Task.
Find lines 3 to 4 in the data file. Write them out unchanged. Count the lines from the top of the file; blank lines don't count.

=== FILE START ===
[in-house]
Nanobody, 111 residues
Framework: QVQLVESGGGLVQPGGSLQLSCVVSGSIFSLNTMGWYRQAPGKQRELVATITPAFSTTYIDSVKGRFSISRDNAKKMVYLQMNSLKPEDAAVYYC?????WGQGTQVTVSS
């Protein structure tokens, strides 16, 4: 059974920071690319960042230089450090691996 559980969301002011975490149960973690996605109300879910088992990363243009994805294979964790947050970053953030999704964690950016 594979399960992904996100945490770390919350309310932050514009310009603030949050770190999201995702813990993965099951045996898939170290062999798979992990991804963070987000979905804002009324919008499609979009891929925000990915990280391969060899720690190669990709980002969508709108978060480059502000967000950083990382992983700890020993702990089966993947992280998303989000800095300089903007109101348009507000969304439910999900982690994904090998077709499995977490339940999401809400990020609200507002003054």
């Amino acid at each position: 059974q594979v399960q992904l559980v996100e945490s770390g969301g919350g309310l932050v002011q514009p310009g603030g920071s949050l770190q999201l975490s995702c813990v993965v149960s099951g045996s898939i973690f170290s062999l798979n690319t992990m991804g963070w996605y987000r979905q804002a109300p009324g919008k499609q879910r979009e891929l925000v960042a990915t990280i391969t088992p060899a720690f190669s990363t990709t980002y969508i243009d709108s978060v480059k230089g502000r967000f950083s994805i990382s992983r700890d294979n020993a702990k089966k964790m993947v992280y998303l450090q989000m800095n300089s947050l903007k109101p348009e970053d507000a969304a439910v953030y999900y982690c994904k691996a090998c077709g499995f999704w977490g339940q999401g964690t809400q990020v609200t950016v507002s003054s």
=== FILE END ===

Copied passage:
Framework: QVQLVESGGGLVQPGGSLQLSCVVSGSIFSLNTMGWYRQAPGKQRELVATITPAFSTTYIDSVKGRFSISRDNAKKMVYLQMNSLKPEDAAVYYC?????WGQGTQVTVSS
């Protein structure tokens, strides 16, 4: 059974920071690319960042230089450090691996 559980969301002011975490149960973690996605109300879910088992990363243009994805294979964790947050970053953030999704964690950016 594979399960992904996100945490770390919350309310932050514009310009603030949050770190999201995702813990993965099951045996898939170290062999798979992990991804963070987000979905804002009324919008499609979009891929925000990915990280391969060899720690190669990709980002969508709108978060480059502000967000950083990382992983700890020993702990089966993947992280998303989000800095300089903007109101348009507000969304439910999900982690994904090998077709499995977490339940999401809400990020609200507002003054």